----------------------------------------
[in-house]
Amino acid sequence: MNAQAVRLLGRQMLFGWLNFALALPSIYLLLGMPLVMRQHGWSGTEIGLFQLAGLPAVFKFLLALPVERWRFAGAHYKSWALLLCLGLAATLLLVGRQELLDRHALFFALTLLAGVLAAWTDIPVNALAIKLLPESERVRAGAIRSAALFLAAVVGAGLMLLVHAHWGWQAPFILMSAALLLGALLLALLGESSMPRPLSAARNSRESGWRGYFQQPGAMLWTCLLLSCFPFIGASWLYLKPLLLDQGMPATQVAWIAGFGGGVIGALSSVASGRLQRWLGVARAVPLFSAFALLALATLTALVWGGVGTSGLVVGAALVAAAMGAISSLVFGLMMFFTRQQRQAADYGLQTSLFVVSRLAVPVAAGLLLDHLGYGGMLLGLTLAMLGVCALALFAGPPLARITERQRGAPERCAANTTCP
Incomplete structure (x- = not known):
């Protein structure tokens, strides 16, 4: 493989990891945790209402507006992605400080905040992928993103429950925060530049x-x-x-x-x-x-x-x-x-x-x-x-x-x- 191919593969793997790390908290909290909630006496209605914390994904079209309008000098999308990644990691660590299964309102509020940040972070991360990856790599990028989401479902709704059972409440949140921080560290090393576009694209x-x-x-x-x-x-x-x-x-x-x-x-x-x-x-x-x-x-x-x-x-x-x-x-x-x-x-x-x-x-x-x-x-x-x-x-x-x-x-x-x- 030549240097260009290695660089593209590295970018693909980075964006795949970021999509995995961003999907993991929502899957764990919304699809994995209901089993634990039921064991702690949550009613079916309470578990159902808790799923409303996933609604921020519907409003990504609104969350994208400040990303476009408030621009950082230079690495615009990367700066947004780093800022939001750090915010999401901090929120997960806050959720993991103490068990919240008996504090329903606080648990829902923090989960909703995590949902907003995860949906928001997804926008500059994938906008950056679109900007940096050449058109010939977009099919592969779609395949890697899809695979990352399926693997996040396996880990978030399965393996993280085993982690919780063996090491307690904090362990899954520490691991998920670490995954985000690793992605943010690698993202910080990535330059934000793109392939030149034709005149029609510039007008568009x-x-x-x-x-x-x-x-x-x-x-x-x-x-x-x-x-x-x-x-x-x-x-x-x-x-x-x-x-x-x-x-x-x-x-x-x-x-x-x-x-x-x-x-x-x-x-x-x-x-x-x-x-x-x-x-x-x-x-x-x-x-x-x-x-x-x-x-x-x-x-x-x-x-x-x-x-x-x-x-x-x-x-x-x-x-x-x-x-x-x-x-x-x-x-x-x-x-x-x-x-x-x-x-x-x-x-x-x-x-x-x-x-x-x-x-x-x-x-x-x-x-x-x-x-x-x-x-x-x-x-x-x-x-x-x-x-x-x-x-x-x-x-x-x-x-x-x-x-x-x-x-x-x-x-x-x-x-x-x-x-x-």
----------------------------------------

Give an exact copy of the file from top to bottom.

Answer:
[in-house]
Amino acid sequence: MNAQAVRLLGRQMLFGWLNFALALPSIYLLLGMPLVMRQHGWSGTEIGLFQLAGLPAVFKFLLALPVERWRFAGAHYKSWALLLCLGLAATLLLVGRQELLDRHALFFALTLLAGVLAAWTDIPVNALAIKLLPESERVRAGAIRSAALFLAAVVGAGLMLLVHAHWGWQAPFILMSAALLLGALLLALLGESSMPRPLSAARNSRESGWRGYFQQPGAMLWTCLLLSCFPFIGASWLYLKPLLLDQGMPATQVAWIAGFGGGVIGALSSVASGRLQRWLGVARAVPLFSAFALLALATLTALVWGGVGTSGLVVGAALVAAAMGAISSLVFGLMMFFTRQQRQAADYGLQTSLFVVSRLAVPVAAGLLLDHLGYGGMLLGLTLAMLGVCALALFAGPPLARITERQRGAPERCAANTTCP
Incomplete structure (x- = not known):
């Protein structure tokens, strides 16, 4: 493989990891945790209402507006992605400080905040992928993103429950925060530049x-x-x-x-x-x-x-x-x-x-x-x-x-x- 191919593969793997790390908290909290909630006496209605914390994904079209309008000098999308990644990691660590299964309102509020940040972070991360990856790599990028989401479902709704059972409440949140921080560290090393576009694209x-x-x-x-x-x-x-x-x-x-x-x-x-x-x-x-x-x-x-x-x-x-x-x-x-x-x-x-x-x-x-x-x-x-x-x-x-x-x-x-x- 030549240097260009290695660089593209590295970018693909980075964006795949970021999509995995961003999907993991929502899957764990919304699809994995209901089993634990039921064991702690949550009613079916309470578990159902808790799923409303996933609604921020519907409003990504609104969350994208400040990303476009408030621009950082230079690495615009990367700066947004780093800022939001750090915010999401901090929120997960806050959720993991103490068990919240008996504090329903606080648990829902923090989960909703995590949902907003995860949906928001997804926008500059994938906008950056679109900007940096050449058109010939977009099919592969779609395949890697899809695979990352399926693997996040396996880990978030399965393996993280085993982690919780063996090491307690904090362990899954520490691991998920670490995954985000690793992605943010690698993202910080990535330059934000793109392939030149034709005149029609510039007008568009x-x-x-x-x-x-x-x-x-x-x-x-x-x-x-x-x-x-x-x-x-x-x-x-x-x-x-x-x-x-x-x-x-x-x-x-x-x-x-x-x-x-x-x-x-x-x-x-x-x-x-x-x-x-x-x-x-x-x-x-x-x-x-x-x-x-x-x-x-x-x-x-x-x-x-x-x-x-x-x-x-x-x-x-x-x-x-x-x-x-x-x-x-x-x-x-x-x-x-x-x-x-x-x-x-x-x-x-x-x-x-x-x-x-x-x-x-x-x-x-x-x-x-x-x-x-x-x-x-x-x-x-x-x-x-x-x-x-x-x-x-x-x-x-x-x-x-x-x-x-x-x-x-x-x-x-x-x-x-x-x-x-």